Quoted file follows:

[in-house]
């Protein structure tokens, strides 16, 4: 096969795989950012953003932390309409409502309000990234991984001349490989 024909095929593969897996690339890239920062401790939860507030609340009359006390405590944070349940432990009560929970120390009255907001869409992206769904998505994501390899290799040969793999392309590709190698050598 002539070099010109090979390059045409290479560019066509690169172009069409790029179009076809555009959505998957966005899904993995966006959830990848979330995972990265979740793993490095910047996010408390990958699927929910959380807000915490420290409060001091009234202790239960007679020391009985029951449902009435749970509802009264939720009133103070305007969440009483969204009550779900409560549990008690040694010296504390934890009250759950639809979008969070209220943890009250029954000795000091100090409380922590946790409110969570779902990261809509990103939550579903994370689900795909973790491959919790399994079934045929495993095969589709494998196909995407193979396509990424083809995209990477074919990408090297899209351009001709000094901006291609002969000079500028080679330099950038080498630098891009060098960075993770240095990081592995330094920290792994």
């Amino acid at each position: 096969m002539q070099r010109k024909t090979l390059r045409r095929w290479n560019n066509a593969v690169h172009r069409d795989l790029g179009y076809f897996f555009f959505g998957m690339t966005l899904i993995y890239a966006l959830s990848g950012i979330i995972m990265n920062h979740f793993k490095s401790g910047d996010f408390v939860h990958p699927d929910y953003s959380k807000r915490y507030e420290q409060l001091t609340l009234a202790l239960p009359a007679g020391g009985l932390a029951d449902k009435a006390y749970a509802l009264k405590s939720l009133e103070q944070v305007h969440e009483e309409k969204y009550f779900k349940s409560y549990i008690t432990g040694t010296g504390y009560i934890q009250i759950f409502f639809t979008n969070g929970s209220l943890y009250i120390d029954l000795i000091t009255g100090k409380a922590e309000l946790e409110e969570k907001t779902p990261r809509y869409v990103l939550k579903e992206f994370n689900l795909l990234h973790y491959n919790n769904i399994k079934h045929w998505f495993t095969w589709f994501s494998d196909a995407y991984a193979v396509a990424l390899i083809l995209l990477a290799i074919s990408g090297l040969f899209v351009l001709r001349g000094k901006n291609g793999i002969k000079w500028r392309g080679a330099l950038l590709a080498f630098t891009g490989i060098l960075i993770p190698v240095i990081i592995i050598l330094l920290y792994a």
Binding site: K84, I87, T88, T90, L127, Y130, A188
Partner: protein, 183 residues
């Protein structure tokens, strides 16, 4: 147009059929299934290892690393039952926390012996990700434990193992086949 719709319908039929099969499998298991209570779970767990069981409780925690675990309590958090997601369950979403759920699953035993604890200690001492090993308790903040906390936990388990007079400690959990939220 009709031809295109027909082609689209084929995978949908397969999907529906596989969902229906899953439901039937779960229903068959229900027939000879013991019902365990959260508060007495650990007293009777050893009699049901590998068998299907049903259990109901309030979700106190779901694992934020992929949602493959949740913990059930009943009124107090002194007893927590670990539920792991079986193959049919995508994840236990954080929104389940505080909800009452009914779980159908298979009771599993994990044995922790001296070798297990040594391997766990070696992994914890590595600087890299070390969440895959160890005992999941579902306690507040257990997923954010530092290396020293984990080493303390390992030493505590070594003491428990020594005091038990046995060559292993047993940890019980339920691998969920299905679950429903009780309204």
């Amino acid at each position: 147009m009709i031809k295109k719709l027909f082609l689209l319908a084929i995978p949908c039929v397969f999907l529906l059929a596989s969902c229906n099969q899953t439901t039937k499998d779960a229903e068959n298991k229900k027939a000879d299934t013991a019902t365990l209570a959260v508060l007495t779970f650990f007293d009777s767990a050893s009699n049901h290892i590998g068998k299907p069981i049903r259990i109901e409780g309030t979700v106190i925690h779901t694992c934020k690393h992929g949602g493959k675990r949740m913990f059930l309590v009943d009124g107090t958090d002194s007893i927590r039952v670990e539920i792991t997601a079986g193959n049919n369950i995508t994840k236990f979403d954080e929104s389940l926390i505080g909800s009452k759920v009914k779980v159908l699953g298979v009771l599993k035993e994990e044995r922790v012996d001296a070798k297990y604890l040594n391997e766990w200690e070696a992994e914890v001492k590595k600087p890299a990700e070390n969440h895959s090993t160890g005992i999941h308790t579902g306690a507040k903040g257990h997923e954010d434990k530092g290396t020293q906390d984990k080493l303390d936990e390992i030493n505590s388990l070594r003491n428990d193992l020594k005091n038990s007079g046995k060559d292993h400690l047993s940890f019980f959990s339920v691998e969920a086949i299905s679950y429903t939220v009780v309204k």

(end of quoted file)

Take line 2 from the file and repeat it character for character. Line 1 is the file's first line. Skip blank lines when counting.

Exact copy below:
């Protein structure tokens, strides 16, 4: 096969795989950012953003932390309409409502309000990234991984001349490989 024909095929593969897996690339890239920062401790939860507030609340009359006390405590944070349940432990009560929970120390009255907001869409992206769904998505994501390899290799040969793999392309590709190698050598 002539070099010109090979390059045409290479560019066509690169172009069409790029179009076809555009959505998957966005899904993995966006959830990848979330995972990265979740793993490095910047996010408390990958699927929910959380807000915490420290409060001091009234202790239960007679020391009985029951449902009435749970509802009264939720009133103070305007969440009483969204009550779900409560549990008690040694010296504390934890009250759950639809979008969070209220943890009250029954000795000091100090409380922590946790409110969570779902990261809509990103939550579903994370689900795909973790491959919790399994079934045929495993095969589709494998196909995407193979396509990424083809995209990477074919990408090297899209351009001709000094901006291609002969000079500028080679330099950038080498630098891009060098960075993770240095990081592995330094920290792994």